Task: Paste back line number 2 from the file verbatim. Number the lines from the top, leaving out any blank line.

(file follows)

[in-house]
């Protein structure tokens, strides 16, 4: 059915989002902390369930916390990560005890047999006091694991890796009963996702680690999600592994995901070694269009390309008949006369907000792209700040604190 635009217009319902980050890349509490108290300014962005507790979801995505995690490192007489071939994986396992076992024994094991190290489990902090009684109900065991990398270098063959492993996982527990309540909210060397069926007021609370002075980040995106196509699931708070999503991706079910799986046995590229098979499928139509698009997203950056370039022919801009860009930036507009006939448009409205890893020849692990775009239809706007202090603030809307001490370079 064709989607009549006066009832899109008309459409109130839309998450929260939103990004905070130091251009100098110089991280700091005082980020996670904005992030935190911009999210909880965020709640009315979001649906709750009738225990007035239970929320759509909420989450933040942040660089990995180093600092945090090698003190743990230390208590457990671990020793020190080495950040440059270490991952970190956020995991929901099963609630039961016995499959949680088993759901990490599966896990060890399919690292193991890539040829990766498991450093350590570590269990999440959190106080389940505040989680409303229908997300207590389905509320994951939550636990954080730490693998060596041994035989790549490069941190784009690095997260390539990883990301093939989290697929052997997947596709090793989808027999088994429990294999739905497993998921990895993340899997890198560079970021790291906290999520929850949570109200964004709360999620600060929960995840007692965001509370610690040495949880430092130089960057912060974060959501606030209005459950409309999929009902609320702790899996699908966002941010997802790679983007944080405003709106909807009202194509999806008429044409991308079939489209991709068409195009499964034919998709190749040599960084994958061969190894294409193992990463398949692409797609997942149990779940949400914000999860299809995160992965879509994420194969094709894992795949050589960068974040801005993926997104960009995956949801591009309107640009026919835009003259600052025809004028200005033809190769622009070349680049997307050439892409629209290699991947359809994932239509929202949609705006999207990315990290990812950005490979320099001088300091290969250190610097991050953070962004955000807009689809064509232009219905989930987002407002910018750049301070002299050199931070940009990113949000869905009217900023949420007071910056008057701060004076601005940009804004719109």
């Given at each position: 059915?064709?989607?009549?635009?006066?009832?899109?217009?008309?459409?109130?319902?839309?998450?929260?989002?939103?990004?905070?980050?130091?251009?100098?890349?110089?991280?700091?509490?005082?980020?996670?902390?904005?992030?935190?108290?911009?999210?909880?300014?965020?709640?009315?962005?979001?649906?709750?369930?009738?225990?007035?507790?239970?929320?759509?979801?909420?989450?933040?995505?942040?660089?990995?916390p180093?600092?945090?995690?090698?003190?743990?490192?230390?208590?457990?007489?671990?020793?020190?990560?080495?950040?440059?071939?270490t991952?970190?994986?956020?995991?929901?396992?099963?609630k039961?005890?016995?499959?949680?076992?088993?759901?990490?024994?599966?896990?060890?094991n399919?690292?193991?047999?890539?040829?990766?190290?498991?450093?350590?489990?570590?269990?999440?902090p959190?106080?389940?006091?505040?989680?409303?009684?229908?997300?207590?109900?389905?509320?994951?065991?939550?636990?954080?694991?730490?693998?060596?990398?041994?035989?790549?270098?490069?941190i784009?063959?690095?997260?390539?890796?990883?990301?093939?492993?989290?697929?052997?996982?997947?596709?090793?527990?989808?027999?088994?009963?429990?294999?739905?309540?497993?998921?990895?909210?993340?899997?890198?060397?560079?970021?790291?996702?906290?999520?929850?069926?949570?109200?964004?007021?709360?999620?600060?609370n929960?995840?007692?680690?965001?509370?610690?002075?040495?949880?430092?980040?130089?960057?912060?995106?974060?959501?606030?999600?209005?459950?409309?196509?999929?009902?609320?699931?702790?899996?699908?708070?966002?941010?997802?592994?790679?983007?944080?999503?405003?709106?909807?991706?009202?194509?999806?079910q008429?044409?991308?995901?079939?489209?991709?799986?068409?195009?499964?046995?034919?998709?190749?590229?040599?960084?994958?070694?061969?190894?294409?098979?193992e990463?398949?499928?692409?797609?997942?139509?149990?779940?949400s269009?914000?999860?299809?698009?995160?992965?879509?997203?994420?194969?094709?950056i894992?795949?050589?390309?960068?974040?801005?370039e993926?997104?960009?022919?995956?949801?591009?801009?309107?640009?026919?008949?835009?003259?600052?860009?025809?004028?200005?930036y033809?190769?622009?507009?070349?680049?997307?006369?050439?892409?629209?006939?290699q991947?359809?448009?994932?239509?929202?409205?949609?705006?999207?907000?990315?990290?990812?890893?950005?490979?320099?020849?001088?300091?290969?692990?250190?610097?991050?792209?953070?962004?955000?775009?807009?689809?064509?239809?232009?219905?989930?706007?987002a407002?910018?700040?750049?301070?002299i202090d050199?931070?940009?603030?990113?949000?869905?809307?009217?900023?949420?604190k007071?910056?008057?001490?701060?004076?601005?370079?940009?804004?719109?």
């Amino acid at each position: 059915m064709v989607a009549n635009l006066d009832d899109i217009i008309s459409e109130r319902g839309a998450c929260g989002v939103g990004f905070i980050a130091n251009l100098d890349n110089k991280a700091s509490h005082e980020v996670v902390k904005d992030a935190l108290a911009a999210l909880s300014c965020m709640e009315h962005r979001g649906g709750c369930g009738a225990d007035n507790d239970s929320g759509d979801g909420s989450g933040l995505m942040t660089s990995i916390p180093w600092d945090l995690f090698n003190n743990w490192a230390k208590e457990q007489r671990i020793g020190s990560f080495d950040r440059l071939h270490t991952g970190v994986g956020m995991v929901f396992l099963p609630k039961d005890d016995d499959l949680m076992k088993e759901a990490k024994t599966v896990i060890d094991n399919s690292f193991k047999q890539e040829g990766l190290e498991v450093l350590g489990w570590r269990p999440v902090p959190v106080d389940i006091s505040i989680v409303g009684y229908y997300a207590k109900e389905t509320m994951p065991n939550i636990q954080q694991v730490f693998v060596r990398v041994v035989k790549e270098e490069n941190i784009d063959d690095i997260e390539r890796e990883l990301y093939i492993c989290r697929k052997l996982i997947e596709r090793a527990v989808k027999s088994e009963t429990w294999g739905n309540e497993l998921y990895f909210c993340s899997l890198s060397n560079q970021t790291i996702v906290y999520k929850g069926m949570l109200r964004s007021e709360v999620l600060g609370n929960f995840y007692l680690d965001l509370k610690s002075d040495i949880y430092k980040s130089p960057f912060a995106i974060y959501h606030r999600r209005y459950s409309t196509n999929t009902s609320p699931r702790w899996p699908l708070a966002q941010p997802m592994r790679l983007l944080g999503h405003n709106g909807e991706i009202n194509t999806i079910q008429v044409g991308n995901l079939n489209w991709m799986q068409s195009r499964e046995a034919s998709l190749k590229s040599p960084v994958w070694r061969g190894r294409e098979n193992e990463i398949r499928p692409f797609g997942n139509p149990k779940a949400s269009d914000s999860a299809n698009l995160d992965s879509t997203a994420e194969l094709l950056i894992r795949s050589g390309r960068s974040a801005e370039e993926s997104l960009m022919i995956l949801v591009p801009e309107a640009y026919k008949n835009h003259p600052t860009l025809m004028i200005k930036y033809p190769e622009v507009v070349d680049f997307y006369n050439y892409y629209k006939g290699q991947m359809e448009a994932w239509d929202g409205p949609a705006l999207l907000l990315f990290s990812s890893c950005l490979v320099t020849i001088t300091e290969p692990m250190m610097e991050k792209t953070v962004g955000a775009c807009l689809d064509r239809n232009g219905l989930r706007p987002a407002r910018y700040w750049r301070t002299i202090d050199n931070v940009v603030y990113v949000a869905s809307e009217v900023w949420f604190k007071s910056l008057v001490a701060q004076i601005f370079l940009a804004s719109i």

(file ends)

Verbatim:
């Protein structure tokens, strides 16, 4: 059915989002902390369930916390990560005890047999006091694991890796009963996702680690999600592994995901070694269009390309008949006369907000792209700040604190 635009217009319902980050890349509490108290300014962005507790979801995505995690490192007489071939994986396992076992024994094991190290489990902090009684109900065991990398270098063959492993996982527990309540909210060397069926007021609370002075980040995106196509699931708070999503991706079910799986046995590229098979499928139509698009997203950056370039022919801009860009930036507009006939448009409205890893020849692990775009239809706007202090603030809307001490370079 064709989607009549006066009832899109008309459409109130839309998450929260939103990004905070130091251009100098110089991280700091005082980020996670904005992030935190911009999210909880965020709640009315979001649906709750009738225990007035239970929320759509909420989450933040942040660089990995180093600092945090090698003190743990230390208590457990671990020793020190080495950040440059270490991952970190956020995991929901099963609630039961016995499959949680088993759901990490599966896990060890399919690292193991890539040829990766498991450093350590570590269990999440959190106080389940505040989680409303229908997300207590389905509320994951939550636990954080730490693998060596041994035989790549490069941190784009690095997260390539990883990301093939989290697929052997997947596709090793989808027999088994429990294999739905497993998921990895993340899997890198560079970021790291906290999520929850949570109200964004709360999620600060929960995840007692965001509370610690040495949880430092130089960057912060974060959501606030209005459950409309999929009902609320702790899996699908966002941010997802790679983007944080405003709106909807009202194509999806008429044409991308079939489209991709068409195009499964034919998709190749040599960084994958061969190894294409193992990463398949692409797609997942149990779940949400914000999860299809995160992965879509994420194969094709894992795949050589960068974040801005993926997104960009995956949801591009309107640009026919835009003259600052025809004028200005033809190769622009070349680049997307050439892409629209290699991947359809994932239509929202949609705006999207990315990290990812950005490979320099001088300091290969250190610097991050953070962004955000807009689809064509232009219905989930987002407002910018750049301070002299050199931070940009990113949000869905009217900023949420007071910056008057701060004076601005940009804004719109």